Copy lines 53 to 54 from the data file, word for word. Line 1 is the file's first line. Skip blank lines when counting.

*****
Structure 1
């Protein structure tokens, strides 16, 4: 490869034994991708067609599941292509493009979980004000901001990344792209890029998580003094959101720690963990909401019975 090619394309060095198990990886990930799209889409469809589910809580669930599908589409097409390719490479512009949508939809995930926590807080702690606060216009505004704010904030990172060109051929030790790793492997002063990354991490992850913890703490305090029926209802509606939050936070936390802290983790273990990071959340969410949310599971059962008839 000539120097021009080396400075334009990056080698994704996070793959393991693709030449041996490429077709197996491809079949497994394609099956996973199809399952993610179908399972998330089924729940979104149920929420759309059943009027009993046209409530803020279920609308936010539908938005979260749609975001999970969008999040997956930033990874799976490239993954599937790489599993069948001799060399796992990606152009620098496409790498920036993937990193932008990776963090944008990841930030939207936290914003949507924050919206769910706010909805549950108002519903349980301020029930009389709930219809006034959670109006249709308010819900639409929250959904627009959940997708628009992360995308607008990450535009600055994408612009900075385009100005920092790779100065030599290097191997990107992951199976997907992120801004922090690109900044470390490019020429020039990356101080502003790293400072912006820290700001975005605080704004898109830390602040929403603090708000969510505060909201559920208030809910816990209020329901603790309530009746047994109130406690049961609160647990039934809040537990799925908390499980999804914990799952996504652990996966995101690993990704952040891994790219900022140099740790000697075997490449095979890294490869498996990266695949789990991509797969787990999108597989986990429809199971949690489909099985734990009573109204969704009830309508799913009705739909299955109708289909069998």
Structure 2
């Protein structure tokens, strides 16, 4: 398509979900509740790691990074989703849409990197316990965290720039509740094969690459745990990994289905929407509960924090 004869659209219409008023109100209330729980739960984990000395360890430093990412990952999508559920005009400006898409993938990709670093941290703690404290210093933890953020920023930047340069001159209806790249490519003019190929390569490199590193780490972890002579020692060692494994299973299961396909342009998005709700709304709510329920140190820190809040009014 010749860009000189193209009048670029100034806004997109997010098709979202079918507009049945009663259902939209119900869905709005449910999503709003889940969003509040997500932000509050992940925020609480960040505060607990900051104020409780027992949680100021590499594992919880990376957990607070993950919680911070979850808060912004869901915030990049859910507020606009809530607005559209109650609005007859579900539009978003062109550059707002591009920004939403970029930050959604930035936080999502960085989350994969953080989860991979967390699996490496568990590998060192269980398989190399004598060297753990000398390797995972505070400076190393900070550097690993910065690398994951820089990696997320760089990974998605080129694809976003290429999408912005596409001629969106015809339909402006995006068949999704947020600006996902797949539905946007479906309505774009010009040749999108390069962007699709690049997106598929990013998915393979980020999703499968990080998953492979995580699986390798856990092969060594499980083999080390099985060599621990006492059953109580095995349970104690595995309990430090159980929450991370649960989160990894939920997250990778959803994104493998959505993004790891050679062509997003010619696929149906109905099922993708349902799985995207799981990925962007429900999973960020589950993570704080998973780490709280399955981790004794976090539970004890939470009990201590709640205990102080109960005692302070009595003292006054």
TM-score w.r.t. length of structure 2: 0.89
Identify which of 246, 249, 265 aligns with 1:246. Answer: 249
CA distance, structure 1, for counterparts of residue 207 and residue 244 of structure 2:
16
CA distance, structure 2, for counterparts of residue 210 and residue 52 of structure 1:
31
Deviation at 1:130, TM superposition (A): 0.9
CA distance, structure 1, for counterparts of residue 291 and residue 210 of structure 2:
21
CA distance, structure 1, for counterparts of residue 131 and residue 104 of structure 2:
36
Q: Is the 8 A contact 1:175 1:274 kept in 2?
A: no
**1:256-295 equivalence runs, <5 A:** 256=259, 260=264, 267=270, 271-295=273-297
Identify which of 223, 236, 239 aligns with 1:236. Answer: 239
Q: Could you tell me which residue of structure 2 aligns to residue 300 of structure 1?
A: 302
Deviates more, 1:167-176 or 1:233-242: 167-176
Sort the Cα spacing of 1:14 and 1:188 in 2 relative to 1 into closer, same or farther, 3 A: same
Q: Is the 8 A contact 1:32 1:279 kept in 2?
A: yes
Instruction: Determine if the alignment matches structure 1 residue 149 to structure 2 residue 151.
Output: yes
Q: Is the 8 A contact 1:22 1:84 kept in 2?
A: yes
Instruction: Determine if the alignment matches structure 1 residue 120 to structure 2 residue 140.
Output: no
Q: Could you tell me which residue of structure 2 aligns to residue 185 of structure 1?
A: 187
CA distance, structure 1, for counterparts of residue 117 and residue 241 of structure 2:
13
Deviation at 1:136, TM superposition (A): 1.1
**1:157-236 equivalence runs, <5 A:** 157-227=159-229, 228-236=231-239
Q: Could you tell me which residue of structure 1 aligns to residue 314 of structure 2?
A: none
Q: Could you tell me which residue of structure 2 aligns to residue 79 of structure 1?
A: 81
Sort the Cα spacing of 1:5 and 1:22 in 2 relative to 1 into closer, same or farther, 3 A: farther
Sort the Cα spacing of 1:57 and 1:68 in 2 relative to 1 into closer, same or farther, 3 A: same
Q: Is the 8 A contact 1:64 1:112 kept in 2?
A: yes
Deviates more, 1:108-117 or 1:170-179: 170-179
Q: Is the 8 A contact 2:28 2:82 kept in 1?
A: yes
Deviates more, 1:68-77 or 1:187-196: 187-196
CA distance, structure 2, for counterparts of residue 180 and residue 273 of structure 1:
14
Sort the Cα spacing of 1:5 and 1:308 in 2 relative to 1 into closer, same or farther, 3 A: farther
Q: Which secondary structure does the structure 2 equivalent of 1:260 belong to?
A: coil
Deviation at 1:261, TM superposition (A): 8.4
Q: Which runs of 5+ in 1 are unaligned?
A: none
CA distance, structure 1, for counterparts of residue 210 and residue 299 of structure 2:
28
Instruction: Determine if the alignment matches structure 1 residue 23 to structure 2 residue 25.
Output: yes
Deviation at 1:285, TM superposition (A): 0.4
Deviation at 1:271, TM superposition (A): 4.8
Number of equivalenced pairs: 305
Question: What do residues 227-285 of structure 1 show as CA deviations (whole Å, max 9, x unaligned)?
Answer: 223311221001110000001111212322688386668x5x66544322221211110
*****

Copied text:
Q: Which secondary structure does the structure 2 equivalent of 1:260 belong to?
A: coil